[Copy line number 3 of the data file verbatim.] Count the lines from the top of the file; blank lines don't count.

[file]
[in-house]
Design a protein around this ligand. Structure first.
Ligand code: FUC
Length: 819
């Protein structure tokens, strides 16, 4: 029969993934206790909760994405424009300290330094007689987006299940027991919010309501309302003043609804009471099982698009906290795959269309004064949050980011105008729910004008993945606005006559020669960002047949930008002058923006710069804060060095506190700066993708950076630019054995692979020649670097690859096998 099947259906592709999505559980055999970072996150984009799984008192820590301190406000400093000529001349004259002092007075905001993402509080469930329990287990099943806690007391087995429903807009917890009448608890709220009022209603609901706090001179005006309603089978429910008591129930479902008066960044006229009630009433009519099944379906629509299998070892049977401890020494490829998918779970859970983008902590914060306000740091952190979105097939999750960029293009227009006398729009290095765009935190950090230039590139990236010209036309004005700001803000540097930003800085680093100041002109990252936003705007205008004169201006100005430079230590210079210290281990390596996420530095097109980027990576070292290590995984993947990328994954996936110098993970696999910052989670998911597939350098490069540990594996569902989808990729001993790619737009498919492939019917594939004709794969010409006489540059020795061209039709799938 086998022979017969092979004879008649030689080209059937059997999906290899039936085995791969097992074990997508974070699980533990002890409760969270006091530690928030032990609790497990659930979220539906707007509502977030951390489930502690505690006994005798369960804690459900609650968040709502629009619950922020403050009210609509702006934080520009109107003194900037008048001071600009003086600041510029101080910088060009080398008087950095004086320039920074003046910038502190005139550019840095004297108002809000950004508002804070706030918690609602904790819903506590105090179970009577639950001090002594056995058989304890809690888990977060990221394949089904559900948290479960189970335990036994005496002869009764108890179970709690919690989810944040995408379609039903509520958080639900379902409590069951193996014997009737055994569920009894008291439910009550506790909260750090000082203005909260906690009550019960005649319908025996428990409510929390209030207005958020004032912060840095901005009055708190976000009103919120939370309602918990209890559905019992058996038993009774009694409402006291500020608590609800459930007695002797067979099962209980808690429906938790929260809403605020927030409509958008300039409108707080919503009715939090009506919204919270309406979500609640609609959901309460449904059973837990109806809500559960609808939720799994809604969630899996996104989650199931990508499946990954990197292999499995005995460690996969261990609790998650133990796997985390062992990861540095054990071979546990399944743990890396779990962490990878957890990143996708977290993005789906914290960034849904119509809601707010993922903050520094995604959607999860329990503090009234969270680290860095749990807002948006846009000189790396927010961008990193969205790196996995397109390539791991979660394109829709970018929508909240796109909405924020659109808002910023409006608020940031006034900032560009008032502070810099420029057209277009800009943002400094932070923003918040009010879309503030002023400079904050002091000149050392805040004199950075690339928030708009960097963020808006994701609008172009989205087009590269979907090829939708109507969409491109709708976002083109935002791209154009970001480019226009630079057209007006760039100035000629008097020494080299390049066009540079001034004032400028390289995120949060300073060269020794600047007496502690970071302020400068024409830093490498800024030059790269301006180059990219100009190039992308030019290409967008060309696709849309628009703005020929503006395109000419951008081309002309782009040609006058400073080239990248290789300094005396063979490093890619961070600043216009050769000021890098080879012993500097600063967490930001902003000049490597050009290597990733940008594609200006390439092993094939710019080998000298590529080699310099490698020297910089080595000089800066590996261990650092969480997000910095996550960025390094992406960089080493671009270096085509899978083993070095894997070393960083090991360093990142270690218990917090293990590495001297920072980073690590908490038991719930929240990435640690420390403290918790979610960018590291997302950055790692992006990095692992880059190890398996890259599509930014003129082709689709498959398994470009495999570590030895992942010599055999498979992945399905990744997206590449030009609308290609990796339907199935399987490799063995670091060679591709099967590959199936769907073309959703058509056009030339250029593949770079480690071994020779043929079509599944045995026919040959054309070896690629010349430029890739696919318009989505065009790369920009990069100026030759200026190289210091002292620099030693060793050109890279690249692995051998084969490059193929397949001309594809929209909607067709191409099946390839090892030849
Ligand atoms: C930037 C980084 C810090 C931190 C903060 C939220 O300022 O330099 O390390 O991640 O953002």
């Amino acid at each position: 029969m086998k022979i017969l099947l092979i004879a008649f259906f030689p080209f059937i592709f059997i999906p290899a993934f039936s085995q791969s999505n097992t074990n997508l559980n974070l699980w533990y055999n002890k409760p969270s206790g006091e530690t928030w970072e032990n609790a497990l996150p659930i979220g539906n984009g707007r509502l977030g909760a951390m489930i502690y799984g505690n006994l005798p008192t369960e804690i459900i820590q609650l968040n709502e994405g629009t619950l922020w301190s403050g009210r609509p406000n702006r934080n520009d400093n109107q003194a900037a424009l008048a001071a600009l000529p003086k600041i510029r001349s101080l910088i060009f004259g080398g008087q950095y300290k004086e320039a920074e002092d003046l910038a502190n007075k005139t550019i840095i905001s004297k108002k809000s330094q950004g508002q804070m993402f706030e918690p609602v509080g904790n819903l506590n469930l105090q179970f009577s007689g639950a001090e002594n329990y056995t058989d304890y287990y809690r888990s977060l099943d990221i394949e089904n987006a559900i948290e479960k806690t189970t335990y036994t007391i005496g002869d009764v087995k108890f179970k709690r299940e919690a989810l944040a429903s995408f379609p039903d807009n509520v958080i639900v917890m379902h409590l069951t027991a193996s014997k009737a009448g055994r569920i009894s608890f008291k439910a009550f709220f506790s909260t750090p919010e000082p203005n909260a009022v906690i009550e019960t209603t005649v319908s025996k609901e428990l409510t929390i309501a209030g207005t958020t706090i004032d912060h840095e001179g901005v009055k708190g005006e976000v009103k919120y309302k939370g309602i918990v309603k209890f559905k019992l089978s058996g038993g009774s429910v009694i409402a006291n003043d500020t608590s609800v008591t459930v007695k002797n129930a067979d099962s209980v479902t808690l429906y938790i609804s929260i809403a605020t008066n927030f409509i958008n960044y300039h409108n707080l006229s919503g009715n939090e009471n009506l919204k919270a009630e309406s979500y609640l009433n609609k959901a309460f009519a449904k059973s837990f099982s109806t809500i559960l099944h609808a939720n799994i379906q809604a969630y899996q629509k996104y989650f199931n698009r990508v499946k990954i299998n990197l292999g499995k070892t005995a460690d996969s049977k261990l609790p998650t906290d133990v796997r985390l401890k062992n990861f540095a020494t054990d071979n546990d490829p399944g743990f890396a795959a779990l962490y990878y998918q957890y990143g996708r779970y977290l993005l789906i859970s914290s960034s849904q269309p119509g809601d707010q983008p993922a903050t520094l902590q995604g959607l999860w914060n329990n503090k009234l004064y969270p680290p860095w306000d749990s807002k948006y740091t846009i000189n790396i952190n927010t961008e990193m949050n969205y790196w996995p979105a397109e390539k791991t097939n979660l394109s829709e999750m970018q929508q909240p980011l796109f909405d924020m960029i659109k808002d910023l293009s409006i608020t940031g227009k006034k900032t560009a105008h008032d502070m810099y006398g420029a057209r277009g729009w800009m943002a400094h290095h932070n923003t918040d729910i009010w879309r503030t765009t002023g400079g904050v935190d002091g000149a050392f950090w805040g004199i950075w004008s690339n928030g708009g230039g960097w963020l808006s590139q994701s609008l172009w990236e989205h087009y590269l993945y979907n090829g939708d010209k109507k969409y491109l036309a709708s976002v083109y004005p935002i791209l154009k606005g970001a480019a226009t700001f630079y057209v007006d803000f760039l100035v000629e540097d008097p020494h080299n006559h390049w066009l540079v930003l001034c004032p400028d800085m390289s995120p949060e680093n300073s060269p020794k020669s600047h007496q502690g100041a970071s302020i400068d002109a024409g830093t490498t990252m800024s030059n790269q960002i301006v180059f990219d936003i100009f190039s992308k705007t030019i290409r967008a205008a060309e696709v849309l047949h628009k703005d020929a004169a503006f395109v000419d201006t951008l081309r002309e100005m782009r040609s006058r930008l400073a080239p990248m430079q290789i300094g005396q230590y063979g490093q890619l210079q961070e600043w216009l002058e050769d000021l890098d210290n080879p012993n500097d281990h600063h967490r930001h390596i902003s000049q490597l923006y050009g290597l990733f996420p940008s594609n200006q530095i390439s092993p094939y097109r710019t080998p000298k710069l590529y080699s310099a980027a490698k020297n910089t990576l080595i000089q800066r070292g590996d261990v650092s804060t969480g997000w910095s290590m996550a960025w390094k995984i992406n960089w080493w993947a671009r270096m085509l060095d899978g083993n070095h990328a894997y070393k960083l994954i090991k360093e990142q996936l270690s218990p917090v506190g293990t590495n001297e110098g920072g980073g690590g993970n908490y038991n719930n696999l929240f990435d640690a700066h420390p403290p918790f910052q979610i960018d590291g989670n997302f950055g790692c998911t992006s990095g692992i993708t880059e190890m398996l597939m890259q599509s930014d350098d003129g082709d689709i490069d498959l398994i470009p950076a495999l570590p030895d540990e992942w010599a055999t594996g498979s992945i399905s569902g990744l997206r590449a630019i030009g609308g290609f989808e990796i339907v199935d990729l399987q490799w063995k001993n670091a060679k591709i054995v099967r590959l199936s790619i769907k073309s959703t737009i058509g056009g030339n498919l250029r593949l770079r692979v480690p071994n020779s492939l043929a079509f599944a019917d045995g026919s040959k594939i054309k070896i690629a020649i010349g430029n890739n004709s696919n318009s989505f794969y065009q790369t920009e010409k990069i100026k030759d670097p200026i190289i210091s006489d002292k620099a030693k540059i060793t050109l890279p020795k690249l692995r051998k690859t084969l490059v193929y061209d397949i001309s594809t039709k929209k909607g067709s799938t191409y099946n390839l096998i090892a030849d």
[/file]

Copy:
Ligand code: FUC